• Previous uterine surgery causing damage to decidua basalis (caesarean section, myomectomy, endometrial curettage)

  • Assisted reproduction techniques

Key Diagnostic Signs

  • The definitive diagnosis can be made only at surgery, and retrospectively by the histopathological examination of the specimen.

  • Ultrasound examination with colour Doppler and MRI scans may aid diagnosis.

  • First trimester: vascular lacunae may be seen within the placental mass.

  • Second and third trimesters: vascular lacunae which are long and thin rather than round (sensitivity 93% and a positive predictive value of 93%). Thinning or absence of the clear zone thought to be the decidua basalis, between the placenta and myometrium, and disruption of the posterior wall of the bladder are suggestive of abnormal invasion of placenta.

  • Colour flow Doppler ultrasonography may be performed in women with placenta praevia or low anterior placenta and a history of previous Caesarean section to diagnose abnormal invasion of placenta in the antenatal period. Diffuse lacunae with increased blood flow (peak systolic velocity >15 cm/seconds) and increased vascularity in the serosal-bladder interphase are suggestive of abnormal invasion of placenta (Figure 37.1).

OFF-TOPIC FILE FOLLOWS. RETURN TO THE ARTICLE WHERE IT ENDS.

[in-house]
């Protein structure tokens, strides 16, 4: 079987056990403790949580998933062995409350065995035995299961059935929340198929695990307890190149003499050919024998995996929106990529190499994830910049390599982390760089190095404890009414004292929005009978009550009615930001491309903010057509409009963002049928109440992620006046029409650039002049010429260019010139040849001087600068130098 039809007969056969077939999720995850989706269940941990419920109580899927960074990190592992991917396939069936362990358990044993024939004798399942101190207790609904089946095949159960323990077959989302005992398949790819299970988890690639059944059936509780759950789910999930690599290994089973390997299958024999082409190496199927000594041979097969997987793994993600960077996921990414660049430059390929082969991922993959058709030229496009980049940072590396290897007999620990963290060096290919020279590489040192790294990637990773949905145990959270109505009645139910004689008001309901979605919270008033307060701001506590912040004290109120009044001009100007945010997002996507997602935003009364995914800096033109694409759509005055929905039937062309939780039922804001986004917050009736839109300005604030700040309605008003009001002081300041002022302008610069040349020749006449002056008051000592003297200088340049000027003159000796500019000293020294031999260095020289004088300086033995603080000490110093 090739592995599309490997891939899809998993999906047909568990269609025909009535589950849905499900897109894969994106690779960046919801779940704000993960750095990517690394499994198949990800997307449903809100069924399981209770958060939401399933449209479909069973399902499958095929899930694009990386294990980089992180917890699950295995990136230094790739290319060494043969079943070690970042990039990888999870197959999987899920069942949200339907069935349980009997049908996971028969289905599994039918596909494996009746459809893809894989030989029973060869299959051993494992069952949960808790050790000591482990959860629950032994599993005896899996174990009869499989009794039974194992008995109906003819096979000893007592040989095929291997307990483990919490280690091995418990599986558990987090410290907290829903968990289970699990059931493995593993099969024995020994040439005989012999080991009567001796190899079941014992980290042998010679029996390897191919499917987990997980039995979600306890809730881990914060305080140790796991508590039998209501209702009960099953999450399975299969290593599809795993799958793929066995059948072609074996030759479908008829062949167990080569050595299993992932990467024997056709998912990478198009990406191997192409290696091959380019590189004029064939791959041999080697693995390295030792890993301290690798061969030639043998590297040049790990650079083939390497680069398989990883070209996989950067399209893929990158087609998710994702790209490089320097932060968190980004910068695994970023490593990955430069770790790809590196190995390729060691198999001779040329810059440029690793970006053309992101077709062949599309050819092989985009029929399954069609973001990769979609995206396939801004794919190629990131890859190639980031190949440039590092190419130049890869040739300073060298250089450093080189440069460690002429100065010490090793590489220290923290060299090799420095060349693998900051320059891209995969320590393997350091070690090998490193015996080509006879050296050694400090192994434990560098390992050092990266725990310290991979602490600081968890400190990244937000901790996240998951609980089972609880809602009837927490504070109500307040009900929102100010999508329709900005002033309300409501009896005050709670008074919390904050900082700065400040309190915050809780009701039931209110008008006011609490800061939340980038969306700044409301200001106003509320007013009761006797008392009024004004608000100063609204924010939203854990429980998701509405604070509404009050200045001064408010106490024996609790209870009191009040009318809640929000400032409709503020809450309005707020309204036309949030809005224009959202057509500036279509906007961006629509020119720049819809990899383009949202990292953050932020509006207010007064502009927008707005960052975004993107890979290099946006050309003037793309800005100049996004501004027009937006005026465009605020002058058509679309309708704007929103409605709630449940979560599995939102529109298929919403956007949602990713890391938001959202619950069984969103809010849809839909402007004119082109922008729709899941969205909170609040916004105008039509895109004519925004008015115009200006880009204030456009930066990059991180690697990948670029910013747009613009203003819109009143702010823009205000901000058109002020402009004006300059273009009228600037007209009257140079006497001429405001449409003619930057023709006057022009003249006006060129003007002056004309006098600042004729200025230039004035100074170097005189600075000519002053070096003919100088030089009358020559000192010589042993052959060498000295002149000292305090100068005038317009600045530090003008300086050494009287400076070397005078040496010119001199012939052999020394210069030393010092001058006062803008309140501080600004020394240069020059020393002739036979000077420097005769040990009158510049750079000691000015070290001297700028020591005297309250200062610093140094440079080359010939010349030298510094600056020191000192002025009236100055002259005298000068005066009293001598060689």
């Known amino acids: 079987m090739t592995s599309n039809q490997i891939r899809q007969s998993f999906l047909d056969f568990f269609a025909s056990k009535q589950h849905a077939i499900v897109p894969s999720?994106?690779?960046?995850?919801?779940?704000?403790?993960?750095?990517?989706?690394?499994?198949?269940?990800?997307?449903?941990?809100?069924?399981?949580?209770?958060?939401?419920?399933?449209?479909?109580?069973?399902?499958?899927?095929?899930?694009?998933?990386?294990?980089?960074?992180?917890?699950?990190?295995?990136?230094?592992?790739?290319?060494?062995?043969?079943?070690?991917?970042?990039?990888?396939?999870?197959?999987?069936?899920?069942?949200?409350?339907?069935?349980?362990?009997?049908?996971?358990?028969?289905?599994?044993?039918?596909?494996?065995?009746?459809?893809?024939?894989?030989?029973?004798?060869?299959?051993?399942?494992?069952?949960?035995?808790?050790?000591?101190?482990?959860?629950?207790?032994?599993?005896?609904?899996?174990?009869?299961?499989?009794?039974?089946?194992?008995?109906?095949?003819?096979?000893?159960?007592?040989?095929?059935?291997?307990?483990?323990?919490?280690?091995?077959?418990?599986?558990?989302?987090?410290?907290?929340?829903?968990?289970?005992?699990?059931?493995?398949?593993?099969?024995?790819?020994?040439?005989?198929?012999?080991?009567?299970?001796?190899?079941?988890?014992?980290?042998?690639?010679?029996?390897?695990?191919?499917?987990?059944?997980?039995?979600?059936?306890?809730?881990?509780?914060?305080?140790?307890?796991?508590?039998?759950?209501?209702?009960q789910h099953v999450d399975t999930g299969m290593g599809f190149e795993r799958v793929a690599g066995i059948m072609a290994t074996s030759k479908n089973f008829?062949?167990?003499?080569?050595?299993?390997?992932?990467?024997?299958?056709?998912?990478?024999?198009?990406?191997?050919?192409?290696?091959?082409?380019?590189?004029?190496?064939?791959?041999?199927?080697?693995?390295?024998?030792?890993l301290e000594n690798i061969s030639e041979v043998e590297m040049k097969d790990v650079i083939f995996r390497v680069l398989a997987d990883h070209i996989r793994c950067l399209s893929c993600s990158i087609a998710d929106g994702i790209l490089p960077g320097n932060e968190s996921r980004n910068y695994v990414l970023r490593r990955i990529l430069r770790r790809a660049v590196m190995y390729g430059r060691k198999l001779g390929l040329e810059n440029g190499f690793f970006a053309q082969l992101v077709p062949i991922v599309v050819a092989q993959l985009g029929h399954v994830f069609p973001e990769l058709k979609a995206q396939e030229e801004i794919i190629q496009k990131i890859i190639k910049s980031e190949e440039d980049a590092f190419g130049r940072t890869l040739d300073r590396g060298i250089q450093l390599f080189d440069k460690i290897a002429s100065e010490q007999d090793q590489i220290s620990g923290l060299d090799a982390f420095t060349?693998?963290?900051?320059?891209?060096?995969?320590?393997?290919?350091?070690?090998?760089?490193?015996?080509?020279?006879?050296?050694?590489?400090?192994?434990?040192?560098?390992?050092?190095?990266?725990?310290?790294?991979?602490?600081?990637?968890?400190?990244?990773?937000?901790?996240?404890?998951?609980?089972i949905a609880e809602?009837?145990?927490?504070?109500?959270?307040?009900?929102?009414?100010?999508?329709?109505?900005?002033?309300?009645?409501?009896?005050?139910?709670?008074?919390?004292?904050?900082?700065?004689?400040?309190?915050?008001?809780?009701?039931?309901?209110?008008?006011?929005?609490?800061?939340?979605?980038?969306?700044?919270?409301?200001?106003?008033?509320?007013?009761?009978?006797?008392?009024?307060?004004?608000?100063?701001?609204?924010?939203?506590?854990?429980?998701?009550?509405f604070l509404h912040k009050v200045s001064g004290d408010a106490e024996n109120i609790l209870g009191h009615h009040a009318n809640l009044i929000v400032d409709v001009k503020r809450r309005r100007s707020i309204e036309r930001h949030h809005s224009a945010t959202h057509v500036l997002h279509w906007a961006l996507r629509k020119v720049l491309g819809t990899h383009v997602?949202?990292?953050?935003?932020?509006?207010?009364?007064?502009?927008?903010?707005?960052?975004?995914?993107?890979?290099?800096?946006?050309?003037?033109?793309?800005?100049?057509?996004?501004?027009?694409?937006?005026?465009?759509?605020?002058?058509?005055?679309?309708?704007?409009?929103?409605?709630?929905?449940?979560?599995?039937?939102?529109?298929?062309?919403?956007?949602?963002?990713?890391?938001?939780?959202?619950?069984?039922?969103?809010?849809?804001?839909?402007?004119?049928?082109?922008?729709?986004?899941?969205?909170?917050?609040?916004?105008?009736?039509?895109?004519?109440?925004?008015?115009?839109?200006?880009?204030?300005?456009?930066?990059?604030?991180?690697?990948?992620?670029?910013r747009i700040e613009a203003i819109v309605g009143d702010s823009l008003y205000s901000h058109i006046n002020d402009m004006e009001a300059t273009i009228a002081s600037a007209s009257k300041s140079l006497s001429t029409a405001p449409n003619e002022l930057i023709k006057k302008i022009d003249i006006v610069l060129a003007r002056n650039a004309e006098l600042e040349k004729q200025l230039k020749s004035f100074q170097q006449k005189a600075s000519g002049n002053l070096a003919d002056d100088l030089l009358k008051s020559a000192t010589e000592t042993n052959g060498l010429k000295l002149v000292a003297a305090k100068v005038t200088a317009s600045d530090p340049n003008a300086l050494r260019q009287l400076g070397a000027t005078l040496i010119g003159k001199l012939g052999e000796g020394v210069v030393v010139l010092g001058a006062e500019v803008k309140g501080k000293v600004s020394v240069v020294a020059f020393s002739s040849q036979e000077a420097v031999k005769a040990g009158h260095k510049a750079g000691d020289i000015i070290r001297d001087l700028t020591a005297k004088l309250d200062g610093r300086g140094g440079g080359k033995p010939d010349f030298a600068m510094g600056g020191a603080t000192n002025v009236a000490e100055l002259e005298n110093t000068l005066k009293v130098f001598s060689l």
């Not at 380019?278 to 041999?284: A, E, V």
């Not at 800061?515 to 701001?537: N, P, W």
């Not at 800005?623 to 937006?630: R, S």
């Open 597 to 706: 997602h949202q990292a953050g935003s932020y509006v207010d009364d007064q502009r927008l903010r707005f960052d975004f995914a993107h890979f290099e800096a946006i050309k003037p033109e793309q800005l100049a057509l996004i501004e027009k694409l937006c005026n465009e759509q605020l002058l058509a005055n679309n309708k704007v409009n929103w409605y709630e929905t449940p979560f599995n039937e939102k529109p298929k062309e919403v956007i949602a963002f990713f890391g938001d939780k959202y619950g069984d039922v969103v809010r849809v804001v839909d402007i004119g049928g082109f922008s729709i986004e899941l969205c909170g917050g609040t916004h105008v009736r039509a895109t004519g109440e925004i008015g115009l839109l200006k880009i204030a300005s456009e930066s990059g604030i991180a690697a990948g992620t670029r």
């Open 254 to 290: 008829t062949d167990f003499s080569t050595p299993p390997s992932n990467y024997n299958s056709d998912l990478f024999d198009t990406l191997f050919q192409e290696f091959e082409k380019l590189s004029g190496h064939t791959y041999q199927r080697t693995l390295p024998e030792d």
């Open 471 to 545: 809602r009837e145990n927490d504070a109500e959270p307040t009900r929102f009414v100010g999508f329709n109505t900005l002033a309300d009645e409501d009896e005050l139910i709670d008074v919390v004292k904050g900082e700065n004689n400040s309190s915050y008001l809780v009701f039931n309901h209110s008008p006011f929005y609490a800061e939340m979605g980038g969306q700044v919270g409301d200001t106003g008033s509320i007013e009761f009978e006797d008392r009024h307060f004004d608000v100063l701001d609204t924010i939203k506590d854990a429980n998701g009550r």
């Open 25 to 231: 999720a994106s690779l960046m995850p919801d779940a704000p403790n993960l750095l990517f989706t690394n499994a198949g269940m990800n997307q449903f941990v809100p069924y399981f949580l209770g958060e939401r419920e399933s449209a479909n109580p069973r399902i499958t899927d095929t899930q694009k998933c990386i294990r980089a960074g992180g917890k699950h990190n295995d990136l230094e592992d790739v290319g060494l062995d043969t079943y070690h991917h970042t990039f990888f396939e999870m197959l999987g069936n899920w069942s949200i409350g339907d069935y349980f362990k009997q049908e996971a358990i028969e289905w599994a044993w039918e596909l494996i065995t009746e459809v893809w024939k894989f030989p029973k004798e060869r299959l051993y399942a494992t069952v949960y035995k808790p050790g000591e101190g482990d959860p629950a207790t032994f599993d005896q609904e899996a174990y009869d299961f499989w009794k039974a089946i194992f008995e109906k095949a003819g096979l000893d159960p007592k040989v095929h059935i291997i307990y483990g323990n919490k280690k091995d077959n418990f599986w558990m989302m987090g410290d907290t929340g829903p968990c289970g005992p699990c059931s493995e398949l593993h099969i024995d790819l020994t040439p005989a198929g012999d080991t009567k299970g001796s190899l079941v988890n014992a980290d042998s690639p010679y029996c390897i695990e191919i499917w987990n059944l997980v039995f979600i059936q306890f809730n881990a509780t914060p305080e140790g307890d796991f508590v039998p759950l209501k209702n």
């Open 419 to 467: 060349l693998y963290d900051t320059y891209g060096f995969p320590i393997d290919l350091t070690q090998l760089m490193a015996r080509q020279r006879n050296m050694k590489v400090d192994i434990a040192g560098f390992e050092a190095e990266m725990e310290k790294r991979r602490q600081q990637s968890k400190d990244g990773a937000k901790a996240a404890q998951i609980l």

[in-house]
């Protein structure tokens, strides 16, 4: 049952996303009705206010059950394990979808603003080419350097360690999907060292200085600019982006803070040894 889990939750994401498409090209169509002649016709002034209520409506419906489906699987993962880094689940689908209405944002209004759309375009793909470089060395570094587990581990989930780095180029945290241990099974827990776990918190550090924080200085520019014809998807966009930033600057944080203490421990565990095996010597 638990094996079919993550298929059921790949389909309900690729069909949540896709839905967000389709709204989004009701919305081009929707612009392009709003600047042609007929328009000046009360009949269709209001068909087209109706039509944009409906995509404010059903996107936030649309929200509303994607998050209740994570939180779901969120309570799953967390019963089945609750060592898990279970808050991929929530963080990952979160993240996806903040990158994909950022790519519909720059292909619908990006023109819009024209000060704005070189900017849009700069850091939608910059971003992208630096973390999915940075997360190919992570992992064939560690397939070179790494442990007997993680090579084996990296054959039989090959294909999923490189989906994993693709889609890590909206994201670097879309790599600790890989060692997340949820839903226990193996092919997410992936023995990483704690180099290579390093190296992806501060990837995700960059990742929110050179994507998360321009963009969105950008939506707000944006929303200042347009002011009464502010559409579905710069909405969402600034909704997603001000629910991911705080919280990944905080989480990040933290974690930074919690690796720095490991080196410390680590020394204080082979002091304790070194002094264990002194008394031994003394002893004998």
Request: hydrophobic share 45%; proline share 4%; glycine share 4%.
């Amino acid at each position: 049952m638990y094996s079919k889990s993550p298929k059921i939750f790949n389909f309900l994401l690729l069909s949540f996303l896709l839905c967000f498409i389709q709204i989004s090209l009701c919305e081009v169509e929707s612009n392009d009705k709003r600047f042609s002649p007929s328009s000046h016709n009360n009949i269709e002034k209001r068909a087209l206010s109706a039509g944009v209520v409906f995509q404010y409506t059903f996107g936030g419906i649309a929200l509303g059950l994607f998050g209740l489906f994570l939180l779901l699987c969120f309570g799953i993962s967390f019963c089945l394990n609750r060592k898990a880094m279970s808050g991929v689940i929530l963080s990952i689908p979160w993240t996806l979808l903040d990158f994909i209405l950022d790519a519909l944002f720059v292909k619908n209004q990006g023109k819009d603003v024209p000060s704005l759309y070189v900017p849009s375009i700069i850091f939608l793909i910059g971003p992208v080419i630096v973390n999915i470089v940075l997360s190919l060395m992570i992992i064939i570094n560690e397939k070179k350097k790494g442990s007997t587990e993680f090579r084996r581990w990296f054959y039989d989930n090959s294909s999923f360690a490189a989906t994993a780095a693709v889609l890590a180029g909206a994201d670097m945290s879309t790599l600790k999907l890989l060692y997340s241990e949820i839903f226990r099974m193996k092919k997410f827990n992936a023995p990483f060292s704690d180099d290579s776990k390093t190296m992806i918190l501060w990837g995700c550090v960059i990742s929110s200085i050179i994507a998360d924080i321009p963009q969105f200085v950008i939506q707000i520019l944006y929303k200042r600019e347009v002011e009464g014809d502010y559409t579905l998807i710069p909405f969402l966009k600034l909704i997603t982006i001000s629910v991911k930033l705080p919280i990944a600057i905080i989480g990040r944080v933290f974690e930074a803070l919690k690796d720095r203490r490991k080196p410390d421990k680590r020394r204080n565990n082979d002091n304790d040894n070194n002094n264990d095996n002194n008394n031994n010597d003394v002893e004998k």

• The ‘smudged egg sign’ on the perioperative ultrasound scan

  • MRI is not essential if the diagnosis is suspected by an experienced sonographer but it may be useful in posterior placenta or when there is a suspicion of lateral extension into the broad ligament to establish the degree of extrauterine invasion.